Giving Kids Options (When and Why?)

AlyssaM CoachCard Giving Kids Options (When and Why?)
Alyssa McGarigal, MA, PPSC, Director, Program + Community Advancement

At Soccer Shots, we pride ourselves on being a positive introduction to organized sports, as well as a supportive, engaging, and FUN environment in which to learn. But we have to set boundaries too. With sometimes upwards of 50 children in the park at a time, we have to be careful to keep our groups engaged, a little “crazy” having fun, but also “under control.”

If you were to sit on the side of a field, and listen, I mean really listen to the words our coaches use, you might realize they choose their words carefully, and with purpose. Sure, some of it’s meant to engage, and generate buy in from the kids, but other times it’s more than that. Here are three things you’ll probably hear when our coaches might (or might not) give a child an “option” to do something (and why).

1. “It’s okay if you don’t want to join in right now, I’ll come back and check in with you in ….. hmm, how many minutes do you think I should wait before coming back?”  

We’ve all had that time, even as adults, where we were unsure, not ready, and we needed a little time before we jumped head first into something new. When children are new to Soccer Shots, shy, or a little unsure, we don’t force them to join in. We give them the option of taking their time. Engaging them in the process by asking “how many minutes should I give you…?” allows them to have their space, but also be a part of the plan to join in later on.

It’s so important to come back, check in again, and show them that you can be trusted. I can’t count how many times this has worked for me in getting a child to engage. This, of course though, is dependent upon having the time to wait.

2. “Let’s all do a stop position!” vs. “Can we do a stop position?” Screen Shot 2015 03 26 at 3.36.54 PM Giving Kids Options (When and Why?)

This is one of the most common pieces of feedback, I give our coaches when I am in the field observing our classes. Phrase the desired behavior as a fun command, versus a request. When you ask a group if they “can” do something, inevitably you’ll have one child that thinks… “hmmm. I can…. but not now,” or “I’m not sure I can,” and even just, “no, I can’t.” Set your children, and your self up for success, try to get them excited to do what you’re asking, especially if it’s non-negotiable.

3. “I can help you move out of the goal, or you can move yourself, this is not safe for your body.” Which sometimes turns into, “I am going to have to help you move by helping you get up, ready? One… Two… Three…”  

SAFETY. Always important. We try to make this an option at first, as a sign of respect to the child we are working with, but sometimes it becomes necessary to intervene for the child’s safety. You’ll notice though, that even in intervening, we are still letting the child know what is coming, and to some degree still giving them a chance to take ownership and do what is needed on their own.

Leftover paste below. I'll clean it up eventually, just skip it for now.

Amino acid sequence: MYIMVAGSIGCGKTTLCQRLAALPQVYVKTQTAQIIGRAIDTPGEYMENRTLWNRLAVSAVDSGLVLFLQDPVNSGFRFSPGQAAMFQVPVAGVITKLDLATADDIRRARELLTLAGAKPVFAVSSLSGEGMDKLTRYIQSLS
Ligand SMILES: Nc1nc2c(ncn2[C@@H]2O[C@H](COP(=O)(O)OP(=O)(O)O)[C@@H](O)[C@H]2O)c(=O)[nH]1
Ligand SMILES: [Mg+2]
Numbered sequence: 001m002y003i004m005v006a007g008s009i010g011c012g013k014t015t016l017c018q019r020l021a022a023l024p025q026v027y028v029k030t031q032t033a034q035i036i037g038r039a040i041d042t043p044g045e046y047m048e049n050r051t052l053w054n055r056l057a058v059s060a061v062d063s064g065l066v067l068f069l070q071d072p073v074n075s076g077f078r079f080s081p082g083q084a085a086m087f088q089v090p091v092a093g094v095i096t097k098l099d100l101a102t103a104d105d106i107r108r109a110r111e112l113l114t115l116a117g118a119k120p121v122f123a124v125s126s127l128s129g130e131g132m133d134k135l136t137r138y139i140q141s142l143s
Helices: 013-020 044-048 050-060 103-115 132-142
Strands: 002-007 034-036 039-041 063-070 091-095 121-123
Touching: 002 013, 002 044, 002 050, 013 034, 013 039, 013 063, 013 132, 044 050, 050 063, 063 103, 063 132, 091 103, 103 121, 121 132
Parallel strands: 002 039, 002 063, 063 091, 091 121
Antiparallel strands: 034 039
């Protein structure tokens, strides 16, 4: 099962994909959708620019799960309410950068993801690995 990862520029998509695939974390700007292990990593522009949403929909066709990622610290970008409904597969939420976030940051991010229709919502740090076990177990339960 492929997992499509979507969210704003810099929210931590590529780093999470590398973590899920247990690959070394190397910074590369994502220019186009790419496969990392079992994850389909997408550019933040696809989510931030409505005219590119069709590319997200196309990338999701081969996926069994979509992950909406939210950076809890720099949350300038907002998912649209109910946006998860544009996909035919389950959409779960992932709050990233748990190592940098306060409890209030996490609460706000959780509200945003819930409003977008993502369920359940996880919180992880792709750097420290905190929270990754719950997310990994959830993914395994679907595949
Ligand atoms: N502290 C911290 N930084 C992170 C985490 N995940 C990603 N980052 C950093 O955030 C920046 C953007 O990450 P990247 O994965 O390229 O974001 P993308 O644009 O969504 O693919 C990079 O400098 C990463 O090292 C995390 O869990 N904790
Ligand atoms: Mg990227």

Chop Move!

KimZ CoachCard Chop Move!(Guest Post by Lead Coach Kim)

This week we will be discussing the inside and the outside Chop Move.

This is another move that teaches our children how to change direction quickly and effectively. We teach the kids this move by practicing dribbling one direction, and then “chopping” the ball back the other way. This is done with either the inside, or in future weeks, the outside of the foot, by placing it in front of the ball and using the inside/outside of the foot to chop back the other direction.

This move works really well in the Race Car game that we play. We use the same lights as in Red light, Green Light, only this time, when we say “crash” or “orange light”, it’s time to do a soccer shots move. Soccer players then do the chop move and go in the other direction on the race track. This shows young players how to change directions quickly, and they get to play race cars which tends to be a favorite game for many kids!

Passing and Trapping!

KimZ CoachCard Passing and Trapping!(Guest Post by Lead Coach Kim)

This week is all about sharing the ball, which in soccer is called passing. This is a great skill for kids to learn especially at an age when it can be hard for them to understand sharing.

We teach this with team building games because passing utilizes teamwork. There is a game we play called blob tag, which calls for the children to run around and once they get tagged they must join hands and make one big chain which looks like a “blob”. This game is great, but depending on the size of the group it may be easier to play a different version of the game, such as freeze tag. Either game teaches the children the need to work together to accomplish a goal.

When we teach passing and trapping, we show the students that we want to use the inside of their foot when they kick or trap the ball. Now of course this may take a few times to learn but the most important thing is that they are kicking the ball to a friend and that they are sharing. This skill isn’t easy to learn and is such an accomplishment when they do, because at this age sharing can be hard. As coaches we celebrate everything the kids do but seeing the kids passing, especially during scrimmage, really is remarkable.